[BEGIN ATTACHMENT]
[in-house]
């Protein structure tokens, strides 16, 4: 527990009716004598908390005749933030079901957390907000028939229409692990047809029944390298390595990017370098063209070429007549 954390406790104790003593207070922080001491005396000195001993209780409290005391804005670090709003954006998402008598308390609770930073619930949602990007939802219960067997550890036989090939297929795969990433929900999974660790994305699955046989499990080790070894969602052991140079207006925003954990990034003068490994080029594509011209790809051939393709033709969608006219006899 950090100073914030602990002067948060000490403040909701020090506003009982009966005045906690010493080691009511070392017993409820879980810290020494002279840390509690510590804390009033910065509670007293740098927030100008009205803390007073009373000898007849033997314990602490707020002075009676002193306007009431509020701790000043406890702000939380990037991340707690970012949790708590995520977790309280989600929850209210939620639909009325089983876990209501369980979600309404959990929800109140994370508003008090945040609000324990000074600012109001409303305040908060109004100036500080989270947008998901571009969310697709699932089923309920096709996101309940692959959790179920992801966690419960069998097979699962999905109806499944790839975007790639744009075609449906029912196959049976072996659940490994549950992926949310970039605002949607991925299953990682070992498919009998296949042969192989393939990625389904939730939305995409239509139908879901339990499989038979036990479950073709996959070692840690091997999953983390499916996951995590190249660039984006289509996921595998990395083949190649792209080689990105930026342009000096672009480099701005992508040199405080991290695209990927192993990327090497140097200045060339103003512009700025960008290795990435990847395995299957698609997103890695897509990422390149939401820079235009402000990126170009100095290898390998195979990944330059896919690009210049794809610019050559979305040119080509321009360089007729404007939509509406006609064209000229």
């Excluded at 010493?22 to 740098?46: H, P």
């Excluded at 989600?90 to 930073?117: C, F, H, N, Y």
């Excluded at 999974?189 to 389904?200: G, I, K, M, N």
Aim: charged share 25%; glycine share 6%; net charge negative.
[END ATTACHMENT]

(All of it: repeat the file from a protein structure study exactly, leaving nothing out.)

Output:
[in-house]
């Protein structure tokens, strides 16, 4: 527990009716004598908390005749933030079901957390907000028939229409692990047809029944390298390595990017370098063209070429007549 954390406790104790003593207070922080001491005396000195001993209780409290005391804005670090709003954006998402008598308390609770930073619930949602990007939802219960067997550890036989090939297929795969990433929900999974660790994305699955046989499990080790070894969602052991140079207006925003954990990034003068490994080029594509011209790809051939393709033709969608006219006899 950090100073914030602990002067948060000490403040909701020090506003009982009966005045906690010493080691009511070392017993409820879980810290020494002279840390509690510590804390009033910065509670007293740098927030100008009205803390007073009373000898007849033997314990602490707020002075009676002193306007009431509020701790000043406890702000939380990037991340707690970012949790708590995520977790309280989600929850209210939620639909009325089983876990209501369980979600309404959990929800109140994370508003008090945040609000324990000074600012109001409303305040908060109004100036500080989270947008998901571009969310697709699932089923309920096709996101309940692959959790179920992801966690419960069998097979699962999905109806499944790839975007790639744009075609449906029912196959049976072996659940490994549950992926949310970039605002949607991925299953990682070992498919009998296949042969192989393939990625389904939730939305995409239509139908879901339990499989038979036990479950073709996959070692840690091997999953983390499916996951995590190249660039984006289509996921595998990395083949190649792209080689990105930026342009000096672009480099701005992508040199405080991290695209990927192993990327090497140097200045060339103003512009700025960008290795990435990847395995299957698609997103890695897509990422390149939401820079235009402000990126170009100095290898390998195979990944330059896919690009210049794809610019050559979305040119080509321009360089007729404007939509509406006609064209000229």
């Excluded at 010493?22 to 740098?46: H, P």
């Excluded at 989600?90 to 930073?117: C, F, H, N, Y």
């Excluded at 999974?189 to 389904?200: G, I, K, M, N």
Aim: charged share 25%; glycine share 6%; net charge negative.